Thwack! The unmistakable, satisfying, not to mention relieving sound echoed around the outdoor Archery range at the Protea Sports grounds last week on Wednesday 27 August.
A familiar sound and sensation; reminisent of the satisfying sound a dart makes when it hits and sticks in the board, as opposed to the sickening racket it makes when it misses, hits the wall and clatters to the ground.
It's the sound of triumph, relief and real pleasure.
The smiles are broad and unstoppable, perhaps even a little smug. Oh all right, very smug.
We've proved something, it worked!
The blind and visually impaired can do Archery.
Privately, though, its relief more than anything, that floods through me at that sound. This has all been so fast and unbelievable, the vindication of our glib conviction, without any tangible evidence; that the blind can be archers.
Of course it is not a new concept at all, the blind have been competent archers, certainly since, if not before, the early 70's in the UK. But apparently it has not been formally attempted or adopted in South Africa till now.
48 hours before, that Wednesday evening, we were still under the impression that no one in archery circles in Cape Town believed it was possible.
It all began a couple of weeks before as the search to find an amenable archery club or organisor that could arrange a blind archery demonstration and experience for the 90th commemoration of ST Dunstans; the association of war blinded veterans, to be held in November 2008.
The connection to ST Dunstans is fitting, as it was the original ST Dunstans that began Blind Archery in the UK in 1972.
It would be an understatement to say that long time archer and coach, Richard Baufeldt responded enthusiastically. Quietly, without fuss or prompting, he heard the request, kept his feelings to himself, went on the web and, using what resources were available, created the necessary tactile sighting stand and stance jig. He then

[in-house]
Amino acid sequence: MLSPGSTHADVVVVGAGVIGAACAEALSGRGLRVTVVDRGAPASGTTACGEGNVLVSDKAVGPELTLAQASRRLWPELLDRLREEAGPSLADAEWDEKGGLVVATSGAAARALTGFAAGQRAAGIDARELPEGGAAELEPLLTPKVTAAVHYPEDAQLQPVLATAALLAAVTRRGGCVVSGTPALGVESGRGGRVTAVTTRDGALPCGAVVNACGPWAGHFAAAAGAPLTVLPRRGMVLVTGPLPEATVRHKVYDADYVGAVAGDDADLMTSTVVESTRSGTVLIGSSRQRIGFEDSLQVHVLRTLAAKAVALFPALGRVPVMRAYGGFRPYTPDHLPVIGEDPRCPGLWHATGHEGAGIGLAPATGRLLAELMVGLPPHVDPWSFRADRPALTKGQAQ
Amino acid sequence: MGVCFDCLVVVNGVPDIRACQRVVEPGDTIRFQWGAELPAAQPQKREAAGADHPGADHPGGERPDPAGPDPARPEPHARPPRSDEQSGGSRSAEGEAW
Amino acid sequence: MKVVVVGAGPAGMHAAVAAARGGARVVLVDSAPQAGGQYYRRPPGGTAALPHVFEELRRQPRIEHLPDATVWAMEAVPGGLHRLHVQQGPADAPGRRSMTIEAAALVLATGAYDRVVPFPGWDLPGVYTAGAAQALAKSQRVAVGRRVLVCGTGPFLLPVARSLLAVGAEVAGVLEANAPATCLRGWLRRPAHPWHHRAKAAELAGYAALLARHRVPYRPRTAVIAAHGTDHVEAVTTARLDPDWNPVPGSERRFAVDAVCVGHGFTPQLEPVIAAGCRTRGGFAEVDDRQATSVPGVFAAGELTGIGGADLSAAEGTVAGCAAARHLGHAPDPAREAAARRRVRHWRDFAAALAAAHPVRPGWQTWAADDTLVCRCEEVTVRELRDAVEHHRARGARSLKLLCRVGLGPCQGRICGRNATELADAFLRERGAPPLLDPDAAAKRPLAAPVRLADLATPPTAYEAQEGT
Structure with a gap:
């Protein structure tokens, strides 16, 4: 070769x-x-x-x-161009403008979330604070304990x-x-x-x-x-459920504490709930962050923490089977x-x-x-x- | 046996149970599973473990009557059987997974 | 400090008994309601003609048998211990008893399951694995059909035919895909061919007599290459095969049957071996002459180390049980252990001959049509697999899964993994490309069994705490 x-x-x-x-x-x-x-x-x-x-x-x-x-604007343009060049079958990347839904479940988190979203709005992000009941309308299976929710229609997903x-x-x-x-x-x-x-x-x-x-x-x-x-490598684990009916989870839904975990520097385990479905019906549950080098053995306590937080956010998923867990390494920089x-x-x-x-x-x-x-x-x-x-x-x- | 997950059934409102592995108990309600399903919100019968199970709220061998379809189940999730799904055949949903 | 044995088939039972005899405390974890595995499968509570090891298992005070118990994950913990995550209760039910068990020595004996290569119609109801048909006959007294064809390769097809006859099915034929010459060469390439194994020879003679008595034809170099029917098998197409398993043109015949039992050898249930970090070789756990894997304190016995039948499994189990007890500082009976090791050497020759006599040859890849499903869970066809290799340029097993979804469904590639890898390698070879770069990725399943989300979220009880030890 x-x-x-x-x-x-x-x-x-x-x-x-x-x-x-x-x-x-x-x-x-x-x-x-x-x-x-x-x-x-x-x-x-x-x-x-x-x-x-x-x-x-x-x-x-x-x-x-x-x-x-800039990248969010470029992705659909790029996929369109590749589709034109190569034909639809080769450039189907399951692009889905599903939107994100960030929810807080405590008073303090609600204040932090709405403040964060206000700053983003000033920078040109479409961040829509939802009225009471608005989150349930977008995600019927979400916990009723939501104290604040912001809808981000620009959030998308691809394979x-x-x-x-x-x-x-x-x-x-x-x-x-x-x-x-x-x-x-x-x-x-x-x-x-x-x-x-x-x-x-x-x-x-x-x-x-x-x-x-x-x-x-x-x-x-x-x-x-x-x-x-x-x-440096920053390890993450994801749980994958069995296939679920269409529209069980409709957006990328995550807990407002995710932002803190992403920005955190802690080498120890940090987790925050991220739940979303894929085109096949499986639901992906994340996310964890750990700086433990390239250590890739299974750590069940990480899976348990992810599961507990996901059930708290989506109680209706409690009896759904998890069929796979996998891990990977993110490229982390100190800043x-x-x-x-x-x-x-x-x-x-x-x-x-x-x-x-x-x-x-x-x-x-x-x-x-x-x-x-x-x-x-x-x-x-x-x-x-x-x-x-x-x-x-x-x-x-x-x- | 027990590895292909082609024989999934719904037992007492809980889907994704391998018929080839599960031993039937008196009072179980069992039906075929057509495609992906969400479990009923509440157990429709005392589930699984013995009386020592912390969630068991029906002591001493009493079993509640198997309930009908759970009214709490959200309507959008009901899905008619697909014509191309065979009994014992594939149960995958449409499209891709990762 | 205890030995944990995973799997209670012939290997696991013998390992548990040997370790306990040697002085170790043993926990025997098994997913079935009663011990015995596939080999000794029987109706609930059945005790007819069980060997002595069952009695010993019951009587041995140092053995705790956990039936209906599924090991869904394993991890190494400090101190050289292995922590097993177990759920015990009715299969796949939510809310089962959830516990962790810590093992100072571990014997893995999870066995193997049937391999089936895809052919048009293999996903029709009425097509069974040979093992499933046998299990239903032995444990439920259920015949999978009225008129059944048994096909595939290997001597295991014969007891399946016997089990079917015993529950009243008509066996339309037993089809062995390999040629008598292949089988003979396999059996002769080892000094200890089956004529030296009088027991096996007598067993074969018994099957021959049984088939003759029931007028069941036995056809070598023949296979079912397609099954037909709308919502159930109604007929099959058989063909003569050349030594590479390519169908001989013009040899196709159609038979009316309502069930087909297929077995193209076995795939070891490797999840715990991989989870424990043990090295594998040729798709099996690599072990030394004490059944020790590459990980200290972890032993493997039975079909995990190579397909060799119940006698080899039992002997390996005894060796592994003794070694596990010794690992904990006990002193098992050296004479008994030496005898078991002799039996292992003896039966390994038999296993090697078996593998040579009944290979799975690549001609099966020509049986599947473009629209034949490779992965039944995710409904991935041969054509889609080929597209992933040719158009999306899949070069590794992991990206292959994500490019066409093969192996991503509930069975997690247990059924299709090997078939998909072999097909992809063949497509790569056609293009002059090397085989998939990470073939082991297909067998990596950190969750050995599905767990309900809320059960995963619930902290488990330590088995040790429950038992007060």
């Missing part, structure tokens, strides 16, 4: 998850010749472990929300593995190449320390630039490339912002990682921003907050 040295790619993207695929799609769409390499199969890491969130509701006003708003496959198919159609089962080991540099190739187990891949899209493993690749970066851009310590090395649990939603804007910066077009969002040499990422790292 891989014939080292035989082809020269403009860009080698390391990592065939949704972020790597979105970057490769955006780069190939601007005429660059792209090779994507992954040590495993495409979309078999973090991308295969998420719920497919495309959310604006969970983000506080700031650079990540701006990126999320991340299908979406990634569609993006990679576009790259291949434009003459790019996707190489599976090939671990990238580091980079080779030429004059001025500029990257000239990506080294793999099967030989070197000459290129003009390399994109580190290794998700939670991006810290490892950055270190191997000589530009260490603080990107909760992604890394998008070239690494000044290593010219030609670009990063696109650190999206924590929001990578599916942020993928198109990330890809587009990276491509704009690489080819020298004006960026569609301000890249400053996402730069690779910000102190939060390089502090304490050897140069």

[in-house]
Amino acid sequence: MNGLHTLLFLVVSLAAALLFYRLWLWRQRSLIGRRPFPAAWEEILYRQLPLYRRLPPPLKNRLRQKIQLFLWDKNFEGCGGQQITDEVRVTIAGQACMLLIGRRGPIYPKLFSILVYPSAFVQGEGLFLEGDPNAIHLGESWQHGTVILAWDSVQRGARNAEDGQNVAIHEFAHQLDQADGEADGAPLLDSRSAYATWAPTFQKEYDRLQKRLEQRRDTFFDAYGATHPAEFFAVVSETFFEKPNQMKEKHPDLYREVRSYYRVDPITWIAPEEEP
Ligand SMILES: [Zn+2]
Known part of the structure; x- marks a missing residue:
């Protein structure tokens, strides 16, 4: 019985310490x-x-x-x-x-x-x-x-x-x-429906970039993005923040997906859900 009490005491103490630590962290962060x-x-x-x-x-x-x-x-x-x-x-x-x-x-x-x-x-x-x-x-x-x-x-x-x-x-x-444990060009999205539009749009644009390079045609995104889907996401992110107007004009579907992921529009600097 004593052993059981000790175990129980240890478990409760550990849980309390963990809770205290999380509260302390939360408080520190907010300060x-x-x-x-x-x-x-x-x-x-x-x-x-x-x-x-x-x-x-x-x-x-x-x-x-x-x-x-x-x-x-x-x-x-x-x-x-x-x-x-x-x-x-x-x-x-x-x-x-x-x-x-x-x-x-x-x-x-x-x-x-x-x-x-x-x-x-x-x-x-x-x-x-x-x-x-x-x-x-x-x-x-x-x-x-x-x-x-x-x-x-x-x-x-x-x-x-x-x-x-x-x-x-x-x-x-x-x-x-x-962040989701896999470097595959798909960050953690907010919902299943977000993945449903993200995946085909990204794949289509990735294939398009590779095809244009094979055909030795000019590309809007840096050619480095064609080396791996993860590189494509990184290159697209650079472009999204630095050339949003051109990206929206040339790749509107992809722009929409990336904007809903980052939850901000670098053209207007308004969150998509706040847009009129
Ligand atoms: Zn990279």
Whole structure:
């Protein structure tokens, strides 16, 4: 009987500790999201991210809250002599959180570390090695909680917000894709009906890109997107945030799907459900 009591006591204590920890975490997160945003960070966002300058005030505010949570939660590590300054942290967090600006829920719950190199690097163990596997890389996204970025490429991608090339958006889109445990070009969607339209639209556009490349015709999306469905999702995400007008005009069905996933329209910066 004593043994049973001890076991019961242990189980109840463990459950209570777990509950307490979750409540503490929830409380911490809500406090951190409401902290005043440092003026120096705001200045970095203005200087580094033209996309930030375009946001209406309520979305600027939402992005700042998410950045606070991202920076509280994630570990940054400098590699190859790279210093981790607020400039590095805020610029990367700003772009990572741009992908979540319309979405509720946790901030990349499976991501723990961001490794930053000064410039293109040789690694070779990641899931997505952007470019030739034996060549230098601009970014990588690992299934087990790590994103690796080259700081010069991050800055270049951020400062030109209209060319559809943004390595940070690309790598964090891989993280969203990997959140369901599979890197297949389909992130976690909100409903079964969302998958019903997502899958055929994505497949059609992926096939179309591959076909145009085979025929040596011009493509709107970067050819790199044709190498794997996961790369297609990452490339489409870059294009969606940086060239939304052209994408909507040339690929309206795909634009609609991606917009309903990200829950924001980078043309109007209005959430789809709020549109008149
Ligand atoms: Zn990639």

took a leap of faith and tested it himself, then contacted us and said: "sure I reckon its possible, and I have made the necessary equipment to test it with a visually impaired archer, can you meet me at Protea on Wednesday?".
Two days later, before I knew it, I was being driven by Sonet the Welfare manager of ST Dunstans to Diep River to the Protea Sports Club to meet Richard and with absolutely no idea as to what to expect when we got there.
I must point out that I am in fact not a ST Dunstaner but rather one of two visually impaired Board members of that organization. My involvement had been to be part of the arrangements of the 90th function.
I had long had an interest in the principle and mythology around archery, and knew of the blind archery interest amongst the UK ST Dunstaners, but had not in fact ever touched a proper professionally made bow or arrows, let alone shot one.
So it was with a weird misture of considerable reverence and great impatience on my part when Richard introduced me to; the bow, the arrows, the butt and of course the tactile stand.
To his credit, he did not prolong the induction, but it seemed like ages before he said the magic words; "would you like to shoot?"
I wanted to shout; "Are you kidding? I thought you would never ask!"
Place the feet in a jig that positions you exactly perpendicular to the Butt. Notch an arrow, careful to get the rotation of the fletching right. Guide the back of my bow-hand to the tactile stand. Three fingers on the string, separated by the knocking butten.
Draw the string back, bow-shoulder down, string elbow up, touch the chin and nose with the string, kiss the butten. Look directly toward the Butt. Release!
It was so fast. Hollywood has mislead us by depicting the deadly, majestic arching flight of the arrow in countless movies, so it was with almost shock that the sound followed so soon. But I knew that sound. It meant that the arrow had struck the actual cardboard target face.
Not sunk into some corner of the butt, or sailed ignominiously over, past or under the target, but, slap bang into the target face.
By Jeremy Opperman